A lack of resources and a political and public culture of ambiguity towards republican violence meant hopes of catching the Kingsmills killers were destined to failure, says academic HENRY PATTERSON
At the beginning of the year when Irish nationalists and republicans will commemorate the centenary of the 1916 Rising, the 40th anniversary of a sectarian atrocity carried out by republicans calls out for reflection on the darker side of the legacy of 1916.
A few weeks after the Kingsmills attack an official from the Irish Department of Foreign Affairs had lunch with a senior Ulster Unionist in Loughgall. The man was deeply depressed by the possibility, not of outright civil war, but that loyalist paramilitaries would launch a series of devastating retaliatory attacks on the minority community – he expected to see a bomb in a church some Sunday morning with 100 or more killed.
He reported that ‘most unionists’ accepted that the Irish government was sincere in its commitment to security cooperation with the authorities in the North but the effectiveness of Irish efforts was being questioned particularly in south Armagh where “most unionists are convinced that the 20 or 30 Provos who operated in that area regularly and frequently cross the border to known haunts in Dundalk. It seems extraordinary to most people that we have not been able to pick up any of these people.”
The fact that the van which was used in the attack had been stolen from outside the Ballymascanlon Hotel in Co Louth around 3.30 on the afternoon of the attack and was found by Gardai south of Dundalk at 8.00am the next day was highly embarrassing for the Irish government as the Minister of Justice had put out a denial the previous day that the murderers had fled into the Republic.
The feeling that the government in the Republic could do more to deal with the IRA’s exploitation of the border and their territory as a ‘safe haven’ for training, the manufacture and importation of weapons and explosives and for the planning and carrying out attacks in the North was not simply a concern for unionists. British ministers and officials as well as the Army and RUC commands believed that a key to defeating the IRA lay in maximising security cooperation with Dublin. However, they were also aware that there were limits to what could be expected.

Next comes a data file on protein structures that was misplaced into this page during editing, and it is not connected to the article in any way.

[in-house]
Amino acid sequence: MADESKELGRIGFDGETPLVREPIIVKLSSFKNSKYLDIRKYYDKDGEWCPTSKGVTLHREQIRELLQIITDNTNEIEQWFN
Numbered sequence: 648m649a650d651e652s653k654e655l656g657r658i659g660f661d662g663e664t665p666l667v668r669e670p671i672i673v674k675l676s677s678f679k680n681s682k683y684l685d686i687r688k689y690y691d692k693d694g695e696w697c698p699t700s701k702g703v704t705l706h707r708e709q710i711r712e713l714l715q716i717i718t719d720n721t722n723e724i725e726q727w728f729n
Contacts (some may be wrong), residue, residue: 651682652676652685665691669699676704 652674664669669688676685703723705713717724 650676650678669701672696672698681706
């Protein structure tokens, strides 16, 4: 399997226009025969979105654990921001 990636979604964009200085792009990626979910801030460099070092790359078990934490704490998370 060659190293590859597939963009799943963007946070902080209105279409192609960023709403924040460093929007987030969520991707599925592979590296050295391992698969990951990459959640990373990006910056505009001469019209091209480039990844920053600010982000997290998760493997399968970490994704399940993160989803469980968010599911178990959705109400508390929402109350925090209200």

These limits were in part to do with resources. My former research student Paddy Mulroe’s thesis on Irish governments’ security policies along the border in the 1969-1978 period shows that the Garda lacked the necessary intelligence gathering and technical resources to deal with the upsurge of violence and paramilitary activity in the Republic.
More fundamental, however, was a political and ideological limit because of the Irish state’s own birth through revolutionary violence against the British state. This had left a political culture and public opinion shot through with ambiguity towards republican violence. The coalition of Fine Gael and Labour which was in power between 1973 and 1977 contained some of the most vehemently anti-IRA ministers of any post-1969 Irish administration. Yet as one of them explained to the British ambassador in Dublin any cooperation with the security authorities in the North left them open to charges of ‘collaboration’ with the Brits.
The result was that the undoubted cooperation that there was went on, as far as possible, unacknowledged for fear of a republican backlash. It was also the case that the unarmed Gardai who were already subject to attacks and threats from republicans would be in the front line of any intensified security clampdown in the Republic and that there were fears of possible IRA infiltration of the Irish army.
Thus although the Irish Minister of Justice, Patrick Cooney, agreed to discuss with the Garda Commissioner the possibility of pressing charges of IRA membership against 60 or so republicans who operated north of the south Armagh border but were based at least some of the time in the Republic, it is not clear if any extra action was taken by the Garda. In part this is because most of relevant Irish government files on this and other incidents have not been released.
The Taoiseach, Enda Kenny, was correct when he told the families of the Kingsmills victims that the blame for the crime lies with those who planned, organised and carried it out and not with the Irish state. However, at a time when the Irish government is emphasising that the commemoration of 1916 should be ecumenical and non-triumphalist, some recognition that part of its legacy was to give comfort and support to those waging a bitter ethnic war in the North would be welcome.
Henry Patterson is Emeritus Professor of Irish Politics at UU. Palgrave Macmillan are bringing out a paperback edition of his book ‘Ireland’s Violent Frontier’ this year.
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